Blog/20090225 The first rule of government spending
There's a couple of things that I just can't resist blogging about: Firstly, David Wiley in his blog post "The First Rule of Government Spending" writes:
In the 1997 film adaptation of Carl Sagan’s Contact, S. R. Hadden teaches Ellie Arroway “the first rule of government spending: why have one when you can have two for twice the price?”
If only! When it comes to curriculum materials like textbooks, practice exercises, test item banks, instructional videos, and online simulations, our government and school districts are more than happy to pay for them again, and again, and a hundred thousand times again, year after year.
These commercial online curriculum licenses are perhaps the single biggest waste of taxpayer dollars in all of government spending, and that’s really saying something. Our schools pay for tens of thousands of copies, and pay for them again and again, year after year, when simply producing one copy the state owned would suffice.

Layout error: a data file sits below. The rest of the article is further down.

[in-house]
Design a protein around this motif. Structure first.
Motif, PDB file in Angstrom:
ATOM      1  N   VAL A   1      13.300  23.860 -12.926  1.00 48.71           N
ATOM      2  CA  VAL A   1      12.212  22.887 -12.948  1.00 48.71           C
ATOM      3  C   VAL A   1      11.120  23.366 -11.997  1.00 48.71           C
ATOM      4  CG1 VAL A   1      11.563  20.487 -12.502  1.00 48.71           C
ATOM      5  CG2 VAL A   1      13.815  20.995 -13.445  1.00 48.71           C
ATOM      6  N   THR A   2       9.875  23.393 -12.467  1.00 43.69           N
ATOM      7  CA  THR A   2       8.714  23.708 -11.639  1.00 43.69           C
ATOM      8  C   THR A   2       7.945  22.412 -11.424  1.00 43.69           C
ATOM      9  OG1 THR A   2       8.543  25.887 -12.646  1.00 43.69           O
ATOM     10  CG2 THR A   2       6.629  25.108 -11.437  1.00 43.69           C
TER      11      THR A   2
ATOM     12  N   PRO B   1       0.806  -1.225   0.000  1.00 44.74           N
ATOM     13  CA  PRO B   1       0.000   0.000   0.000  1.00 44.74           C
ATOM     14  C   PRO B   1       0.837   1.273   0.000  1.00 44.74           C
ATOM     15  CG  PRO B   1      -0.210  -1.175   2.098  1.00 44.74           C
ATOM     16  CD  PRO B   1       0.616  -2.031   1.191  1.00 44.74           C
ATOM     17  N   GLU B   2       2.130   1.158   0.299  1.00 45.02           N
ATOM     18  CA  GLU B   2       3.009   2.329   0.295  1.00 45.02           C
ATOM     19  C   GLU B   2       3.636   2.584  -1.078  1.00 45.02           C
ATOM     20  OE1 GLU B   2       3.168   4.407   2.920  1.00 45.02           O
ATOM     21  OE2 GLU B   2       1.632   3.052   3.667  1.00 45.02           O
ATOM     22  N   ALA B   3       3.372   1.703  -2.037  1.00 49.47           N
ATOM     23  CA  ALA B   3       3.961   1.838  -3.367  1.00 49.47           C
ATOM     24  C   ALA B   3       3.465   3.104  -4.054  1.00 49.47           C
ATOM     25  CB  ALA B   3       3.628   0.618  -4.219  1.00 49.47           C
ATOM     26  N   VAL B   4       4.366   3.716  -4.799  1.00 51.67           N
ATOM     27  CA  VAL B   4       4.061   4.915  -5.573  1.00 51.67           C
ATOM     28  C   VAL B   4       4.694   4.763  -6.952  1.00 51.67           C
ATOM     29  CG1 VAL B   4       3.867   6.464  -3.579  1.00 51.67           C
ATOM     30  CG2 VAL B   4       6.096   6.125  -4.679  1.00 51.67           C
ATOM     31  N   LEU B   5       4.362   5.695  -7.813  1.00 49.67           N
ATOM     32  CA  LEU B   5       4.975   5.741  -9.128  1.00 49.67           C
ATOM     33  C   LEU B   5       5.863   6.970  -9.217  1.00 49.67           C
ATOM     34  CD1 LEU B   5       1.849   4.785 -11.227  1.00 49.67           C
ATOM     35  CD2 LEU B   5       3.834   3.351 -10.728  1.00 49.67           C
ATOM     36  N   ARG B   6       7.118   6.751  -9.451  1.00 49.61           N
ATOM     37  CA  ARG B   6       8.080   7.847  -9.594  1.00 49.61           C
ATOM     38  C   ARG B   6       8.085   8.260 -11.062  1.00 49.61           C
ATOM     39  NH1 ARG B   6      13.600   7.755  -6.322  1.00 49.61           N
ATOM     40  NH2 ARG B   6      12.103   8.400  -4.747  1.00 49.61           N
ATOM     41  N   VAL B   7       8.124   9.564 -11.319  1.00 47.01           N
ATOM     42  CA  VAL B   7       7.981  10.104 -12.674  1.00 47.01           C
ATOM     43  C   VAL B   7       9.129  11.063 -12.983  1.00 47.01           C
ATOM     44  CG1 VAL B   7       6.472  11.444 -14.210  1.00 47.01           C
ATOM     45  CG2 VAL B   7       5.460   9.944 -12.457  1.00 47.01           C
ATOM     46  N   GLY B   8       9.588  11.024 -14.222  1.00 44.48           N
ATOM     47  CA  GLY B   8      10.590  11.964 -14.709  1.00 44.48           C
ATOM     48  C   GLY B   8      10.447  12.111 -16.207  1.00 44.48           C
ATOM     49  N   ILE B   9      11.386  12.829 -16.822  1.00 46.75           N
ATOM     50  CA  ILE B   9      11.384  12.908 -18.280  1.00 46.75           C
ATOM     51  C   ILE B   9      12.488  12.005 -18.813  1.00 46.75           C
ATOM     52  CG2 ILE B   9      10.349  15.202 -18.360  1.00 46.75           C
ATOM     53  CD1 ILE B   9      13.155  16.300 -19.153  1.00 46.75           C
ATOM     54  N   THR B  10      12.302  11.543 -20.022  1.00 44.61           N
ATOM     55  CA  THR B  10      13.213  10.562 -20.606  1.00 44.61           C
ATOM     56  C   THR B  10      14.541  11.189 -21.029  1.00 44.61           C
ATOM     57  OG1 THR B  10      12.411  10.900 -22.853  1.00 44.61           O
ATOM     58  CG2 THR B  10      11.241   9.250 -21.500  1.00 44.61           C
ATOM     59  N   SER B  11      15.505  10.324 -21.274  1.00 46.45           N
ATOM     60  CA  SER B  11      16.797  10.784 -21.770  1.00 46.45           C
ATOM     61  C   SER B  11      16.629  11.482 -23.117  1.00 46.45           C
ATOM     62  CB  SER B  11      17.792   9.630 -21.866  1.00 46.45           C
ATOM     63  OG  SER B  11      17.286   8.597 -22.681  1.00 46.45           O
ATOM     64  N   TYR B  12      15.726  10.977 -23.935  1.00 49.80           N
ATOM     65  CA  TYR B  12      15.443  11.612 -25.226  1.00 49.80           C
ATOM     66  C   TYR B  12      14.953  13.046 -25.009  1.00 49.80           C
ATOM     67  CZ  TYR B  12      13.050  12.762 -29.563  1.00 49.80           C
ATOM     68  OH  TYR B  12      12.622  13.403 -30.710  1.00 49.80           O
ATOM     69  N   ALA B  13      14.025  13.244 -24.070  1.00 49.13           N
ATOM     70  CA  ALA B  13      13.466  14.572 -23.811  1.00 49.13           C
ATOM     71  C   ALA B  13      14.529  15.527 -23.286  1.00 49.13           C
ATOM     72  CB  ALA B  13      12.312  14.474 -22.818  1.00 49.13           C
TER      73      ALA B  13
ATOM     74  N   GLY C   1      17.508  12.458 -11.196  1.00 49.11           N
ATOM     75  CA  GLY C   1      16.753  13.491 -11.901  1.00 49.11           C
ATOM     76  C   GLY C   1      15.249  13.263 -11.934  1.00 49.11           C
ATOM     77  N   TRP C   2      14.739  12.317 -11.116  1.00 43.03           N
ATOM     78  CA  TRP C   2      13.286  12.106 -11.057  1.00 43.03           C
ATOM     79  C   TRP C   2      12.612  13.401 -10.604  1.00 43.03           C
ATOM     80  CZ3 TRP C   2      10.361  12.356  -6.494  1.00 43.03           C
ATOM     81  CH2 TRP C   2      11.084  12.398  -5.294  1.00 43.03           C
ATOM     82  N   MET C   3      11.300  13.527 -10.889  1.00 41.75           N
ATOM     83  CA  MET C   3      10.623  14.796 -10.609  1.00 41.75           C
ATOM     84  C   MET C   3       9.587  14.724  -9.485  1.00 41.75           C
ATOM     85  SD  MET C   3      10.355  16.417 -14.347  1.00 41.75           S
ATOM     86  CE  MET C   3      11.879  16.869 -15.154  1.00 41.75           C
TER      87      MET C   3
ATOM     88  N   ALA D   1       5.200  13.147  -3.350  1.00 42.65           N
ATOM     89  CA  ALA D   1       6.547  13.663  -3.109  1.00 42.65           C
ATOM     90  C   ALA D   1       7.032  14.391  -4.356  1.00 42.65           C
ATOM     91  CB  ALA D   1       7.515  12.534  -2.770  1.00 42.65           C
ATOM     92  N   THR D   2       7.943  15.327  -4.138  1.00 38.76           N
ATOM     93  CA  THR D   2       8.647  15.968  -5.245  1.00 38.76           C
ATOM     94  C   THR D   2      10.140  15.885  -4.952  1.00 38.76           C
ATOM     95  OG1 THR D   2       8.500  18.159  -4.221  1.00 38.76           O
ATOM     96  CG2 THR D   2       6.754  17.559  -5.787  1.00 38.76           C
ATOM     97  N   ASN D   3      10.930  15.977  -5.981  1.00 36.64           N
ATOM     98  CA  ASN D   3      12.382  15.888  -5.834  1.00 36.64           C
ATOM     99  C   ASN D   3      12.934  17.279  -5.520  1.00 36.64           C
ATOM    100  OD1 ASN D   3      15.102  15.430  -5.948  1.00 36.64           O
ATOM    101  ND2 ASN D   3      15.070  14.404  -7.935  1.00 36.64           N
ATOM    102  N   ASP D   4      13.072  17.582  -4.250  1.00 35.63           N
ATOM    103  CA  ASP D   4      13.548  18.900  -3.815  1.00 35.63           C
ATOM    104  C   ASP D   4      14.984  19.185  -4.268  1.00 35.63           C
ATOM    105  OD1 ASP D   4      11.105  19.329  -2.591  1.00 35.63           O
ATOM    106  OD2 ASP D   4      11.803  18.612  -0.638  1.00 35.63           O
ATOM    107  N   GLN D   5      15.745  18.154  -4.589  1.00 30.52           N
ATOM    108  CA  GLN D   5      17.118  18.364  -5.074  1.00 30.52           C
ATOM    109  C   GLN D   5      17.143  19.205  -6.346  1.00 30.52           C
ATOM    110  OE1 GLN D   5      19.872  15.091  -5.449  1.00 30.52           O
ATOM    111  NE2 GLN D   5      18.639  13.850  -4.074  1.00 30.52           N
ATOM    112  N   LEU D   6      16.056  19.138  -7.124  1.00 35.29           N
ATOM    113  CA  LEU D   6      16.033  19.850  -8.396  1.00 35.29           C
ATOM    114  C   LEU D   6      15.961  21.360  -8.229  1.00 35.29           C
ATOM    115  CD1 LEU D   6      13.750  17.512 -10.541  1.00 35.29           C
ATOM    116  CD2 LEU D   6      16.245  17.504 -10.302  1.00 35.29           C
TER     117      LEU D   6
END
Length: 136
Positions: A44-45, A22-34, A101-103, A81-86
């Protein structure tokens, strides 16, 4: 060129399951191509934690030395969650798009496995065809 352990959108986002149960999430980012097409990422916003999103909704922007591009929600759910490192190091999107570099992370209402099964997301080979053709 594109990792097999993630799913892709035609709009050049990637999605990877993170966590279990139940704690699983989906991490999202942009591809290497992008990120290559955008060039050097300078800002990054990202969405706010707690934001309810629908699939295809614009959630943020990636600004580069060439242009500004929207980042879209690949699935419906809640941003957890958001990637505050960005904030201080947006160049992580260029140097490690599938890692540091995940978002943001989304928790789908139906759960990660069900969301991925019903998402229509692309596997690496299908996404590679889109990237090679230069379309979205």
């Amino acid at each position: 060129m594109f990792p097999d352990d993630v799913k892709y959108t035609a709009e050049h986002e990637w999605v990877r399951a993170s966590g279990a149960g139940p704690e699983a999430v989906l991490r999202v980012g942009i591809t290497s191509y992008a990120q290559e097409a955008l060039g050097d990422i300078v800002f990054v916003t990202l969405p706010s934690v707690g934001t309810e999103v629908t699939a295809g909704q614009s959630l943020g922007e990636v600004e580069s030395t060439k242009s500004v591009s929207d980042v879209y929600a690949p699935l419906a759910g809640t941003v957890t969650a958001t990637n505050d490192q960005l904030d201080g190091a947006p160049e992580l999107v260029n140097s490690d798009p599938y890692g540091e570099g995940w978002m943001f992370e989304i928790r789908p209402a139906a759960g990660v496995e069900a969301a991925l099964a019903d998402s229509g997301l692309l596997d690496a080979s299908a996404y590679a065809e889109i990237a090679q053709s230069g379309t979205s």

(David invites feedback, and you can leave feedback here.)
A similar issue could be raised around ICT in schools, and here we have a positive story: Miles Berry in his blog post on "A level playing field for open source software" writes:
The government's support for open source software, as outlined yesterday at http://www.cabinetoffice.gov.uk/media/123372/090224opensource.pdf, is to be welcomed. Given that most UK education takes place in the public sector, it is to be hoped that this support from central government will be reflected in greater confidence at school and local authority level to adopt, specify and develop open source solutions, making possible the re-use and sharing of software, and perhaps ultimately content, amongst schools and LAs.